“Would she be so kind as to try to get to know his complex personality, his weaknesses? Would she notice his bad days and on those days treat him ever so gently because he is, after all, not just one of a sea of little bodies – he is special?”

I still get choked up when I read this to parents because I can feel what they’re feeling. I share parts of this essay because teaching is not just some job you get up in the morning to do. You are entrusted with someone’s most precious child. Parents cannot go where their children go but every day they send their children to school with all their hopes and dreams. And we have the important responsibility of recognizing students’ strengths and weaknesses and helping them grow and learn to love learning. 

When I look at my students, I see my own children. As I want want the very best for my children, I want the very best for the students I teach. And if my best is not good enough I will find the best for them.

At the end of that second-grade year in Colorado, Remi’s mother wrote me a note saying, in part: “I remember the poem you read on the first day of school; I left with tears in my eyes but a very happy heart. I knew that for you to even read that poem, you were the person I was okay leaving Remi with.  And you have proved it over and over this year. You are…someone who teaches with her soul. Remi has been the lucky beneficiary of that. I see the love for learning that you have helped him find and I thank you, because to me that is the point of school. So now, on the last day of school I leave with tears in my eyes again because words just can’t say how in debt we are to you for being the best teacher Remi has ever had.”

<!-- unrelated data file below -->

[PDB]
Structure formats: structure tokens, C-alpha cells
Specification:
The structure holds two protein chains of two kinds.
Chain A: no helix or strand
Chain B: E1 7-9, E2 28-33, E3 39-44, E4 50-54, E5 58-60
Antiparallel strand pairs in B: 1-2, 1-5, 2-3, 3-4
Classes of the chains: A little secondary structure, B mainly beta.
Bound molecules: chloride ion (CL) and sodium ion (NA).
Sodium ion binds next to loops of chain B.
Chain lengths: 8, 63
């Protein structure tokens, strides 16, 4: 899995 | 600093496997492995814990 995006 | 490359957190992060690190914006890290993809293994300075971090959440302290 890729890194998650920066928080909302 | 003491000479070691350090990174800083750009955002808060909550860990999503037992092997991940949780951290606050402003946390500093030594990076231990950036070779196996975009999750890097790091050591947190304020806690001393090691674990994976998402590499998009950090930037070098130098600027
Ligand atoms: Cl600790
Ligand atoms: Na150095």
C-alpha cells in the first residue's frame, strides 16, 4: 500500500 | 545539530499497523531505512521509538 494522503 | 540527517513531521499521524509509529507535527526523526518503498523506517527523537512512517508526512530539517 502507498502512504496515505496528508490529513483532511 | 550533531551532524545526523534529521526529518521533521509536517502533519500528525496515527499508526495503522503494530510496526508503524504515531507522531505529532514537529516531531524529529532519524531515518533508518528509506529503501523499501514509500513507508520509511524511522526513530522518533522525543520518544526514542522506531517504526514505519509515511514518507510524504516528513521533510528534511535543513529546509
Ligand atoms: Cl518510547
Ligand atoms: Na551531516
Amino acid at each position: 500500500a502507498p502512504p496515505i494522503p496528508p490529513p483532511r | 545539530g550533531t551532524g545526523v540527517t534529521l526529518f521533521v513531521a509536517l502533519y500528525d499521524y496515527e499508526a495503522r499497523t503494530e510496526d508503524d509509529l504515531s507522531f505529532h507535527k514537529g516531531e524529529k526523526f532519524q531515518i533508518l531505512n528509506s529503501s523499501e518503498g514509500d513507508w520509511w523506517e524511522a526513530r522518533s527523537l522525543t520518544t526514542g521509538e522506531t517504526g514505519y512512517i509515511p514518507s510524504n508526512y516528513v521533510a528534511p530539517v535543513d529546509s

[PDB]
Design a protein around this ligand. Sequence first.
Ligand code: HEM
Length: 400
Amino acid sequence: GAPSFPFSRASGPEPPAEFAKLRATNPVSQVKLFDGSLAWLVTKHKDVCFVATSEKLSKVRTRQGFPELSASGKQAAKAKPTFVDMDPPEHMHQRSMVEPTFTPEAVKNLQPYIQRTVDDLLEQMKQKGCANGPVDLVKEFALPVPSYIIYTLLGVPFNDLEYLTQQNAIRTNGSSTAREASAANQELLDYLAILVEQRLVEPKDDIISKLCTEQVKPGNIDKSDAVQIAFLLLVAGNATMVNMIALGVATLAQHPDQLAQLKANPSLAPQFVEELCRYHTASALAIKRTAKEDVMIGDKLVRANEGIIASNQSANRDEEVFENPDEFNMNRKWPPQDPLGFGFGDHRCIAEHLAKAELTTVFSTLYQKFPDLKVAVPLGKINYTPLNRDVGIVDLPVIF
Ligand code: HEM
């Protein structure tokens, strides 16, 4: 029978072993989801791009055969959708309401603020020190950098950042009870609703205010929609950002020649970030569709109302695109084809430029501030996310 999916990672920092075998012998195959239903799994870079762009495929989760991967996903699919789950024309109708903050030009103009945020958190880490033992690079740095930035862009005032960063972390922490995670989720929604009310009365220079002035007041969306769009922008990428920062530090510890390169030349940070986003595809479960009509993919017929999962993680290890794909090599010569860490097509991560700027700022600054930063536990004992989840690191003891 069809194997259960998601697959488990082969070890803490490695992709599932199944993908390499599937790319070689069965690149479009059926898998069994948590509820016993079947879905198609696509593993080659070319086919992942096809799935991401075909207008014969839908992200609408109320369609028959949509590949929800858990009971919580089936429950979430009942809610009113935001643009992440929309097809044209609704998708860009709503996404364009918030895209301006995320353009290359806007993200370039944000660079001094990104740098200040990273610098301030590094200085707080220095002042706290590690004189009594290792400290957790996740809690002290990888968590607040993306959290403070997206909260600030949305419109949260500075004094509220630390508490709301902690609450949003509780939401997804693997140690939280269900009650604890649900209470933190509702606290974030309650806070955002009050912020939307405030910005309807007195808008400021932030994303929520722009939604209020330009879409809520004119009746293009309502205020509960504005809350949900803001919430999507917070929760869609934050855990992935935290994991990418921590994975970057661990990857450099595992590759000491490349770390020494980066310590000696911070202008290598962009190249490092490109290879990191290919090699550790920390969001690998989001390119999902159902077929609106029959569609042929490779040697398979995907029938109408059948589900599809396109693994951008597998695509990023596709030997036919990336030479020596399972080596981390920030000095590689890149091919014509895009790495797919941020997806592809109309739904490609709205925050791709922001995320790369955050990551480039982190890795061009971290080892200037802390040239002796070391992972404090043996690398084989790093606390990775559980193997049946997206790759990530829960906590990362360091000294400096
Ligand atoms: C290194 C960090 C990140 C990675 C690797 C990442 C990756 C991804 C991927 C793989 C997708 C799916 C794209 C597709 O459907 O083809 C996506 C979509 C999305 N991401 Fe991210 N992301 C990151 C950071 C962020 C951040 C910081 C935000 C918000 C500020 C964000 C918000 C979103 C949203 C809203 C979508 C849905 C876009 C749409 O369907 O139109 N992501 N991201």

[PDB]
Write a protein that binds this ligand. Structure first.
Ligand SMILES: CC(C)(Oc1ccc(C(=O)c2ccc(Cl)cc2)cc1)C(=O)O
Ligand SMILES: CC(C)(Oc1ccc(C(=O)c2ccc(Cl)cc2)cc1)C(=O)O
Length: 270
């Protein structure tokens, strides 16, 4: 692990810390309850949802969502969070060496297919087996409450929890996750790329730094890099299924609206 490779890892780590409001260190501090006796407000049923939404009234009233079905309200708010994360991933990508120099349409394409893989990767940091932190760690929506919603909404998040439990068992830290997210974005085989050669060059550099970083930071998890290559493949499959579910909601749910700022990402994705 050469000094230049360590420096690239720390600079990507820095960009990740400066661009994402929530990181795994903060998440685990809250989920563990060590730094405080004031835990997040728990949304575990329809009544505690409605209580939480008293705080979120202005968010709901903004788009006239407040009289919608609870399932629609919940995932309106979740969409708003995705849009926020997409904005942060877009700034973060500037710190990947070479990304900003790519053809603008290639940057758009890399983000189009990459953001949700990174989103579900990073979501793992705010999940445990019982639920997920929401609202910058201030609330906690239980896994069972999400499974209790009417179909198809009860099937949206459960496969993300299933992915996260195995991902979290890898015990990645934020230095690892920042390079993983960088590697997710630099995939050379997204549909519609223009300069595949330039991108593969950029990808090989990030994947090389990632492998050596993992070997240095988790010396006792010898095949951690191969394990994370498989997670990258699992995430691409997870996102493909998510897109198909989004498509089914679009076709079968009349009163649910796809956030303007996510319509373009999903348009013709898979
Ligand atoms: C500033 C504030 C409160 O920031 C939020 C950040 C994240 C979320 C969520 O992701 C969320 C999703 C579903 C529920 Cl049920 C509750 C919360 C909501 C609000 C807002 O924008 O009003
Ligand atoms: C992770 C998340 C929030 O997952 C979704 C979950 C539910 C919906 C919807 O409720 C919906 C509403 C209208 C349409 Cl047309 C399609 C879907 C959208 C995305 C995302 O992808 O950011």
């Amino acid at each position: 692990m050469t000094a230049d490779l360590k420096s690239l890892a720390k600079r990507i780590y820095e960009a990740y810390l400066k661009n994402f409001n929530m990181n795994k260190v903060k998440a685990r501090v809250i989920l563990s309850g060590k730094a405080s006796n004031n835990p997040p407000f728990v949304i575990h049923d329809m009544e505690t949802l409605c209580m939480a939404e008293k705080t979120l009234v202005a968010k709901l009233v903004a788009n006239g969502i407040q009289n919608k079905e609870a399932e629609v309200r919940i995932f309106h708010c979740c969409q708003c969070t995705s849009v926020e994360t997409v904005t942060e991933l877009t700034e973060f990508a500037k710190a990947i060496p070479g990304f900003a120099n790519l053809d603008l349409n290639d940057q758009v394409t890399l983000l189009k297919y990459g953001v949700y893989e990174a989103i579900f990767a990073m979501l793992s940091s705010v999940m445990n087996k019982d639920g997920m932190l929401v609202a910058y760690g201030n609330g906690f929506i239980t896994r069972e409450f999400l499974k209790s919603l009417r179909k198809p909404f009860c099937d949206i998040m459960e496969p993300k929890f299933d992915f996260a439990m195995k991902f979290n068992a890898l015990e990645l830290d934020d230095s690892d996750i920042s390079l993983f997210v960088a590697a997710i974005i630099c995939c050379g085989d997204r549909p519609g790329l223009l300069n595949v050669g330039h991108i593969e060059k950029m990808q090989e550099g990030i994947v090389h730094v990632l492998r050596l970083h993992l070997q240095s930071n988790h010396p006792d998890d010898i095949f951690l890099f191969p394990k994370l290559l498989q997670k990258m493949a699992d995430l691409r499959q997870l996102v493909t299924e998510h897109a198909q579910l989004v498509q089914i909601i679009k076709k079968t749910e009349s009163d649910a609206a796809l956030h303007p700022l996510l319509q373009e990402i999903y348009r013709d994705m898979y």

I felt like I had failed Remi that year because I couldn’t unlock his ability to read. I wish I could have done more, and I will always remember him. Yes, teaching in a high poverty school can be challenging. Remi did not attend a high-poverty school. In fact, he attended the opposite but still struggled with reading. I always go back to every child is precious to someone, no matter where they come from.

Now it is my personal quest to help as many students as I can to believe in themselves through the power of reading. 

Magallanes, a member of the Education Association of Alexandria, is a recipient of a 2015 Agnes Meyer Outstanding Teacher Award, given by The Washington Post to excellent teachers in Northern Virginia, District of Columbia and Maryland.


Reading Resources
According to Reading Is Fundamental (RIF), literacy “is essential to fully developing a sense of well-being and citizenship. Children who are solid readers perform better in school, have a healthy self-image, and become lifelong learners, adding to their viability in a competitive world.”

“The ability to read, write, and communicate connects people to one another and empowers them to achieve things they never thought possible,” adds the International Reading Association (IRA).

Both organizations offer educators access to resources designed to strengthen student reading skills, such as book lists, lesson plans and classroom activities. Visit RIF at or IRA at